Last Updated on October 26, 2023 by Electricalvolt
The voltage at which the forward-biased diode starts conducting is called the knee voltage or cut-in voltage of the PN junction diode.
The semiconductor diode is formed by bringing the n-type and p-type materials together. When the p- and n-type materials are joined, the electrons and holes in the region are combined, and a region is formed in which carriers are absent. This region of uncovered positive and negative ions is called the depletion region. The depletion region of the PN junction diode, when the diode is not biased, is shown below.
The width of the depletion layer reduces when the diode is forward-biased, and conversely, the width of the depletion layer increases when the diode is reverse-biased. The electric field is formed in the depletion region. For conduction of the diode, an external electric field needs to be applied across the diode to overcome the electric field formed in the depletion region.
What is Barrier Potential or Built-in Potential?
The potential difference required to move the electrons through the electric field is called the barrier potential. The formula of the barrier potential or built-in voltage is given below.
Barrier Potential Formula
From the above, it is clear that barrier potential depends on the doping amount, temperature, carrier concentration of the undoped semiconductors, and the type of semiconductor material.
What is the knee voltage of the Diode?
The barrier potential or built-in potential is formed when the p- and n- junction is joined. If the diode is forward-biased when the battery’s positive terminal is connected to the anode and the negative terminal is connected to the cathode, the diode will not conduct unless the battery voltage exceeds the barrier potential.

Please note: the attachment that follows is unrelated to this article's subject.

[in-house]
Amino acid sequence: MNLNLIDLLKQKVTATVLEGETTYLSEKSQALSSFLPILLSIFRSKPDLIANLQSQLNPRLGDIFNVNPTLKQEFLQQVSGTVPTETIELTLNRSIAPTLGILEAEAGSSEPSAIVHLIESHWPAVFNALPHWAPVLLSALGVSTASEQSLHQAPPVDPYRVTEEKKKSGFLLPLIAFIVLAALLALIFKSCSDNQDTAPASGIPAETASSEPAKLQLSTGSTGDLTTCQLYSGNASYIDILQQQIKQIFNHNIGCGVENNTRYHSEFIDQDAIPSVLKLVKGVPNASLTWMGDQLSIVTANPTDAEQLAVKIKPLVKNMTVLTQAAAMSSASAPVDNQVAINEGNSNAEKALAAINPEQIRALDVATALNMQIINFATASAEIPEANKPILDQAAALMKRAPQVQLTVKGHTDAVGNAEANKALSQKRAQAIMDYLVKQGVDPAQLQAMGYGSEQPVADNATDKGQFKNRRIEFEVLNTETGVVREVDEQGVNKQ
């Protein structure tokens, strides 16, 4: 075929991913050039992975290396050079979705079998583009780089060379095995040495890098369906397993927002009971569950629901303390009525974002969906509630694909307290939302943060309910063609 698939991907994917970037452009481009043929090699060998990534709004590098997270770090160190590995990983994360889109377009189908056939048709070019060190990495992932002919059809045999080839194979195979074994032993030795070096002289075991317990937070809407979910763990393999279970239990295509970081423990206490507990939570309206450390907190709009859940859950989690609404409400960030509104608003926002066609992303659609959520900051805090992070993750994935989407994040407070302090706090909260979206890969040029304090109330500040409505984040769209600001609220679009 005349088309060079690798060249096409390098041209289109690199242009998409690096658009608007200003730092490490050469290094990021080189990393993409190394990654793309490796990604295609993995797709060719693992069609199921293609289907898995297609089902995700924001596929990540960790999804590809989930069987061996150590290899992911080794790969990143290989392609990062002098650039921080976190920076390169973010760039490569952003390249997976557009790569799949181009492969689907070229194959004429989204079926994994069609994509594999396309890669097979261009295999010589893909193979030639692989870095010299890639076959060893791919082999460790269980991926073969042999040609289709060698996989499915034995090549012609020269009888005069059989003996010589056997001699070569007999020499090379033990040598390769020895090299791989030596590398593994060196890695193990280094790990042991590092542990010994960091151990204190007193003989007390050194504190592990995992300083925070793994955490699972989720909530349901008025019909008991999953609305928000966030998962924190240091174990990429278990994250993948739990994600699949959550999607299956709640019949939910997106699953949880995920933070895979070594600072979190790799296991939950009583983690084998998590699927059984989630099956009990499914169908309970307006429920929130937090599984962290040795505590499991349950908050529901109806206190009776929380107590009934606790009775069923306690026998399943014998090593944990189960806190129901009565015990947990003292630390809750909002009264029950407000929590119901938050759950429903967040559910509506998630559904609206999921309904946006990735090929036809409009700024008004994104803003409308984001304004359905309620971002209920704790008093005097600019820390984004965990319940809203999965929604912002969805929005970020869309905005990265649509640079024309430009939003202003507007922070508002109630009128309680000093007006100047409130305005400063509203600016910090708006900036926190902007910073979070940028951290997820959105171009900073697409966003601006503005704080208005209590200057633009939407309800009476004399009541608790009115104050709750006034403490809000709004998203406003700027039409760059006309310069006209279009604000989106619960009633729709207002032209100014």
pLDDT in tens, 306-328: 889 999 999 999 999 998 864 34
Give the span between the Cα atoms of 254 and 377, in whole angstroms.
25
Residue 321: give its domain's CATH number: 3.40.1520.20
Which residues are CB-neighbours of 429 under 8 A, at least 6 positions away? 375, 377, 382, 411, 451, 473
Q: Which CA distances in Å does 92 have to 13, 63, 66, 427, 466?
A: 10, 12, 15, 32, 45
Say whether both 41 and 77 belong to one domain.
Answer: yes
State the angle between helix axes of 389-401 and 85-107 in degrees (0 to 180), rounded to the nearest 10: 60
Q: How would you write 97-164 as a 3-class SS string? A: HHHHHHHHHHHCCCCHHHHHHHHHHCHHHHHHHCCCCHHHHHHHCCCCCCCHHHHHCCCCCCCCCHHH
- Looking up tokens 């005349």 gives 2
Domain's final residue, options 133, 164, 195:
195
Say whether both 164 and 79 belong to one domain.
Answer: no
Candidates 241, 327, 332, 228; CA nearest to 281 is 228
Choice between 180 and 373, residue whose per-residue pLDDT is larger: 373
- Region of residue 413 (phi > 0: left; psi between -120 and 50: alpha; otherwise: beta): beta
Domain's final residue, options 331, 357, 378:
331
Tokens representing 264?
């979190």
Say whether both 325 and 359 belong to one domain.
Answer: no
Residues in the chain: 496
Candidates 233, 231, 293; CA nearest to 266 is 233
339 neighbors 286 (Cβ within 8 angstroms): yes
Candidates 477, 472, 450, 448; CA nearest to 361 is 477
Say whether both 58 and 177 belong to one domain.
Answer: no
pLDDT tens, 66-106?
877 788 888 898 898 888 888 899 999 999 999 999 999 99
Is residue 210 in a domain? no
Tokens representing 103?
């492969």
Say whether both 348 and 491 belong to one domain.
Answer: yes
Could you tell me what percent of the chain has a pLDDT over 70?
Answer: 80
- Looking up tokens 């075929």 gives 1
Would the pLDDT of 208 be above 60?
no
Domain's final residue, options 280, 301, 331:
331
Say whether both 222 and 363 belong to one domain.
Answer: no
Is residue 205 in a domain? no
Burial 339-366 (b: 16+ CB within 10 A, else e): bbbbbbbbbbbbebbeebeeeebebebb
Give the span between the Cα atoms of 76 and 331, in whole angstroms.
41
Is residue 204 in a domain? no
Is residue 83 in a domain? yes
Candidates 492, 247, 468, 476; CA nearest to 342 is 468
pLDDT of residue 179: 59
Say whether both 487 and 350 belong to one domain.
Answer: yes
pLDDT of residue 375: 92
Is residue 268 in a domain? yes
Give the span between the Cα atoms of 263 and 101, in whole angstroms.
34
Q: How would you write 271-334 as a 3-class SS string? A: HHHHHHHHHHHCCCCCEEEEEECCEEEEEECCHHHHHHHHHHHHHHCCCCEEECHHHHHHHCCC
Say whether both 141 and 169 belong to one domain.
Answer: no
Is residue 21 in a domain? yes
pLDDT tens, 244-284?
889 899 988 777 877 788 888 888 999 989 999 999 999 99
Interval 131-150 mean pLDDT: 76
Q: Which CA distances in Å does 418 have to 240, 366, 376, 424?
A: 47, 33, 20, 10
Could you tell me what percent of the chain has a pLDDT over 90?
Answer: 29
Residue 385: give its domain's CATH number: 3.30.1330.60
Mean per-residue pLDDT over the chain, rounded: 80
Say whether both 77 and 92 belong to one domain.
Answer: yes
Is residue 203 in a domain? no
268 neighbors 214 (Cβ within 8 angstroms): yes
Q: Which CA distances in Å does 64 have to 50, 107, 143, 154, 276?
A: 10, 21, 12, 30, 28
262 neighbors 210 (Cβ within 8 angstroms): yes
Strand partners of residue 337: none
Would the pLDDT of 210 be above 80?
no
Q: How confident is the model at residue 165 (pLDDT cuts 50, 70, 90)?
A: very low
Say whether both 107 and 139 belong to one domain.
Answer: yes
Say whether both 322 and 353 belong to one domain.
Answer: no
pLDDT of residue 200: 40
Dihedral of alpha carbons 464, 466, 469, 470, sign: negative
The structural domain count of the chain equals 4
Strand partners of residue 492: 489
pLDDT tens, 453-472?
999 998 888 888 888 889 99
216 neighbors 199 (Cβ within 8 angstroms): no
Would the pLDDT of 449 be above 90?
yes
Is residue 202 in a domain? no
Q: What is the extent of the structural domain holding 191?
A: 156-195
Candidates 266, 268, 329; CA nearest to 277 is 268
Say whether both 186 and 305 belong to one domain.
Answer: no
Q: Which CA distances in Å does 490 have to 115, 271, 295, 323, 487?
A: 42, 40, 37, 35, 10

The barrier potential of the germanium and silicon diodes are 0.3 and 0.7 respectively. For the silicon diode, if the battery voltage is more than 0.7, the diode starts conducting in a forward bias. If the applied voltage to the diode is less than the knee voltage, the diode does not conduct.
The minimum voltage at which the diode starts conducting heavily and the current starts increasing rapidly in a forwarding-biased state, the applied voltage, is called knee point voltage or diode cut-in voltage. The concept of knee point voltage of the diode can be further understood with the help of forwarding characteristics of the diode.
The diode is forward-biased by applying a positive and negative voltage at the anode and cathode of the diode, respectively. The applied voltage is increased gradually from zero voltage. The silicon diode does not conduct till the voltage reaches 0.7 volts. The germanium diode does not conduct till the voltage reaches 0.3 volts. The 0.7 and 0.3 volts are the cut-in or knee voltage of the silicon and germanium diodes, respectively. The diode starts heavily conducting when the applied voltage reaches cut-in or knee voltage.
Numerical Problem on Knee Voltage of Diode
Now, we will further understand the knee voltage of the diode with the help of a numerical problem. We take the following circuit diagram.
Calculate circuit current.
Knee Voltage of diode (Vk) = 0.7 V
Applied Voltage(V) = 5.0 V
Current limiting resistor(R) = 50 Ohms
Circuit Current (ID) = (V – Vk)/R
= (5 – 0.7)/50
ID = 0.086 A =86 mA
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